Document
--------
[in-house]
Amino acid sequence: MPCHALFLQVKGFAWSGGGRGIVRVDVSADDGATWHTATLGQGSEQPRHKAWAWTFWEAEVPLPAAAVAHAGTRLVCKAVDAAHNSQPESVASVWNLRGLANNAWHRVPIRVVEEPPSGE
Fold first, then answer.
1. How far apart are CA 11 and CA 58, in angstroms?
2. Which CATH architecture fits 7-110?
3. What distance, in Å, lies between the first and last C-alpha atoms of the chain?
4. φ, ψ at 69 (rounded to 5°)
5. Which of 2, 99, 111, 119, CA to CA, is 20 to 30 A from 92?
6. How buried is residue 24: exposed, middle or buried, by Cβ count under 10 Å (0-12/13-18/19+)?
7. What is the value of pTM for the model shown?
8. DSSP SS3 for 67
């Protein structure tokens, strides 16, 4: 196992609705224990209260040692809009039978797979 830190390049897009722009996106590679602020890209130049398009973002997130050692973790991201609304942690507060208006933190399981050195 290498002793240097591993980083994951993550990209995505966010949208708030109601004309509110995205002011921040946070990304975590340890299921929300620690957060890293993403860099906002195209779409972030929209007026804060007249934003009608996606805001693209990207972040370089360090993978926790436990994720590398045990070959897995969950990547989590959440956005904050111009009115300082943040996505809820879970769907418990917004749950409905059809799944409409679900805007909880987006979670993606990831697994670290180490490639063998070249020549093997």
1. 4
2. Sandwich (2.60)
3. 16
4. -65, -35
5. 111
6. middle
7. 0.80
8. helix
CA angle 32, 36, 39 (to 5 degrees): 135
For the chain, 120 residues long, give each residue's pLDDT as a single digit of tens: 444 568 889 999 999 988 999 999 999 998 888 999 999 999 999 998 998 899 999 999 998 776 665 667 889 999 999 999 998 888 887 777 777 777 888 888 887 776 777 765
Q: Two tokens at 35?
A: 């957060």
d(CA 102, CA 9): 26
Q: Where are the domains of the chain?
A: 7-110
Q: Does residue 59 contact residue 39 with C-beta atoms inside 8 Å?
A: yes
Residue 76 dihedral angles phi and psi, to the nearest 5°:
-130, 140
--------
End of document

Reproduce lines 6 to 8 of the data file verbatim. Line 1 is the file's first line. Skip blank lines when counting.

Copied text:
3. What distance, in Å, lies between the first and last C-alpha atoms of the chain?
4. φ, ψ at 69 (rounded to 5°)
5. Which of 2, 99, 111, 119, CA to CA, is 20 to 30 A from 92?